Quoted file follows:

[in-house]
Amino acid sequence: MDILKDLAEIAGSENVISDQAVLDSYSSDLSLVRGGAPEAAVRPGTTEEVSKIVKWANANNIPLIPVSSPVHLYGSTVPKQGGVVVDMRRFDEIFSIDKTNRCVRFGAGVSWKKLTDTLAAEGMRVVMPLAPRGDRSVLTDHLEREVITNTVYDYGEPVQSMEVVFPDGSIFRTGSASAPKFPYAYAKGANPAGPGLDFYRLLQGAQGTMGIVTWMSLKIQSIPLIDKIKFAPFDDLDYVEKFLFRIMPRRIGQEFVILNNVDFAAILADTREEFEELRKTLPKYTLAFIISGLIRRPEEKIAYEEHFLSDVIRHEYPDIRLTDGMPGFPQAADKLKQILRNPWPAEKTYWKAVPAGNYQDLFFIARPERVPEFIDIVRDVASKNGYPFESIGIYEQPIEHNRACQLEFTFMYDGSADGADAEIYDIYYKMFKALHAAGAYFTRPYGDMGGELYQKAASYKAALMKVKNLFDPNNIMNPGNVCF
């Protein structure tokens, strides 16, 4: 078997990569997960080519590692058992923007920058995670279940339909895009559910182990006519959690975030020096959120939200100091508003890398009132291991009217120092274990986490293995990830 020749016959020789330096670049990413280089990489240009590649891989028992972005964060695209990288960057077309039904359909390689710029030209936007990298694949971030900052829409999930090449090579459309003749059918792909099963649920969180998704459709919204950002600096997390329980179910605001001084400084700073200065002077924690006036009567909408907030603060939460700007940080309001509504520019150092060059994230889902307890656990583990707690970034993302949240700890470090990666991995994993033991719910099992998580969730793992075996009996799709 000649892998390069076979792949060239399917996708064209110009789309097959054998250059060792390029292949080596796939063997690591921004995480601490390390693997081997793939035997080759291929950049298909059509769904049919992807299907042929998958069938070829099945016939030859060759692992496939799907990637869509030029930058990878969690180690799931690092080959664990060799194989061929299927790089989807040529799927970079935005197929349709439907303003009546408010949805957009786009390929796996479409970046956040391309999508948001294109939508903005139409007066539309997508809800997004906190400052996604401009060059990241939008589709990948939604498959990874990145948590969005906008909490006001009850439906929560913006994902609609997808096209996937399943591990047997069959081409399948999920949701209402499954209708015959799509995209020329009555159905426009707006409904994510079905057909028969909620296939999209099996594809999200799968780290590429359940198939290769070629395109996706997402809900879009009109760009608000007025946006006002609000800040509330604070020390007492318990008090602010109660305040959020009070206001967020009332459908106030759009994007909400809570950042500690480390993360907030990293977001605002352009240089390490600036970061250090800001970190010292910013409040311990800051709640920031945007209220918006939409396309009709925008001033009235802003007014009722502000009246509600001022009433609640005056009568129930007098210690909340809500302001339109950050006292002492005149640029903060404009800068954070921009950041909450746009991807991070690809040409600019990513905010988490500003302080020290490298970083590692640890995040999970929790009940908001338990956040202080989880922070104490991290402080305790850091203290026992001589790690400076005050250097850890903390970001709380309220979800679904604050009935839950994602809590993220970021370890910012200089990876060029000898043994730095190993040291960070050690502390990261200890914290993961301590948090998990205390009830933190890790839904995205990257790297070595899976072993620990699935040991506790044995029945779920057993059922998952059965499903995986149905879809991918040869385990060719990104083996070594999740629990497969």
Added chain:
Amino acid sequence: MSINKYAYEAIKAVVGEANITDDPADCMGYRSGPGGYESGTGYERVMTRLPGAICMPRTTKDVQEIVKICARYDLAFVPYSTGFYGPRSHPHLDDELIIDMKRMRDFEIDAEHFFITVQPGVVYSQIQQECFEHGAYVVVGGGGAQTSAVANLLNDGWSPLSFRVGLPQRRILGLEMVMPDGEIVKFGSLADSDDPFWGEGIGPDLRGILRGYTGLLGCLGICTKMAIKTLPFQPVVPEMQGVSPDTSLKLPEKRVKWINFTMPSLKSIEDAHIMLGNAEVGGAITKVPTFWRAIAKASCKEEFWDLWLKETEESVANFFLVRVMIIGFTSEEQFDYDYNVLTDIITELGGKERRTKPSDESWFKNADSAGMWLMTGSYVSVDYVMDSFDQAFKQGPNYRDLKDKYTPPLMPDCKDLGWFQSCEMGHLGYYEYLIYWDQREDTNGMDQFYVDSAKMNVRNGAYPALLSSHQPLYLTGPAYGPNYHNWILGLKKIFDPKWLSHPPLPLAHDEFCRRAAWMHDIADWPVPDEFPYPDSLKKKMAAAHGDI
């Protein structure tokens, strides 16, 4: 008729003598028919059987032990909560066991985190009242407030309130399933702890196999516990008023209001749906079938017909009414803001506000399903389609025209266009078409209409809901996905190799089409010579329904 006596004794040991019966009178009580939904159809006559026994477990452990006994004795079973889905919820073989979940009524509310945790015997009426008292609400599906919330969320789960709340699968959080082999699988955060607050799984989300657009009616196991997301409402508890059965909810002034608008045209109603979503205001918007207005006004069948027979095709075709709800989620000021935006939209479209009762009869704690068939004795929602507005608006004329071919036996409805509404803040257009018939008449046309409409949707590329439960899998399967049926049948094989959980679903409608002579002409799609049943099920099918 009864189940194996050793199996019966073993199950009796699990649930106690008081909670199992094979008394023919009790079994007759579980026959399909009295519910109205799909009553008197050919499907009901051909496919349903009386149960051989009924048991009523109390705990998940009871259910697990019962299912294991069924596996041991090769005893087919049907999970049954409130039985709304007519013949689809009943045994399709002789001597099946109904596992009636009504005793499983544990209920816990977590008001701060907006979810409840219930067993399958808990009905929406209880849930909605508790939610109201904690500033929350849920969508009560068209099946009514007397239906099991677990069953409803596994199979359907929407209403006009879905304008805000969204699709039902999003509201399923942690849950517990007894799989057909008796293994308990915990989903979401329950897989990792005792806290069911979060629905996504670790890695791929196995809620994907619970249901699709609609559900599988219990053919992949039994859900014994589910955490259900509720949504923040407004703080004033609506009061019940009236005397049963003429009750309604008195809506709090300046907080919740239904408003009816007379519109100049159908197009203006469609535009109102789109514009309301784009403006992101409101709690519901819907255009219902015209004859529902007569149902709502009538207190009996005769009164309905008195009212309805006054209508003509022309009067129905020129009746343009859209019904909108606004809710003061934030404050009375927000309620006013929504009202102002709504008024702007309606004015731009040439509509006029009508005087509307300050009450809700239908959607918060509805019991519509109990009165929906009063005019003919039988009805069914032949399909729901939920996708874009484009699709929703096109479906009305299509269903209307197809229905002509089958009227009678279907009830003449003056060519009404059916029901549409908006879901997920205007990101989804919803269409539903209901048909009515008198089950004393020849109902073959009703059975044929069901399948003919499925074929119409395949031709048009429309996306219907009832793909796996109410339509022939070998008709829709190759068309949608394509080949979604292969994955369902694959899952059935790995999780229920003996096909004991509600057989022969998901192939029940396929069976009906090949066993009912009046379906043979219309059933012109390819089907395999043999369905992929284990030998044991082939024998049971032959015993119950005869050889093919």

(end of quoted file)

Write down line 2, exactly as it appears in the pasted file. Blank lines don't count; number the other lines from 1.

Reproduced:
Amino acid sequence: MDILKDLAEIAGSENVISDQAVLDSYSSDLSLVRGGAPEAAVRPGTTEEVSKIVKWANANNIPLIPVSSPVHLYGSTVPKQGGVVVDMRRFDEIFSIDKTNRCVRFGAGVSWKKLTDTLAAEGMRVVMPLAPRGDRSVLTDHLEREVITNTVYDYGEPVQSMEVVFPDGSIFRTGSASAPKFPYAYAKGANPAGPGLDFYRLLQGAQGTMGIVTWMSLKIQSIPLIDKIKFAPFDDLDYVEKFLFRIMPRRIGQEFVILNNVDFAAILADTREEFEELRKTLPKYTLAFIISGLIRRPEEKIAYEEHFLSDVIRHEYPDIRLTDGMPGFPQAADKLKQILRNPWPAEKTYWKAVPAGNYQDLFFIARPERVPEFIDIVRDVASKNGYPFESIGIYEQPIEHNRACQLEFTFMYDGSADGADAEIYDIYYKMFKALHAAGAYFTRPYGDMGGELYQKAASYKAALMKVKNLFDPNNIMNPGNVCF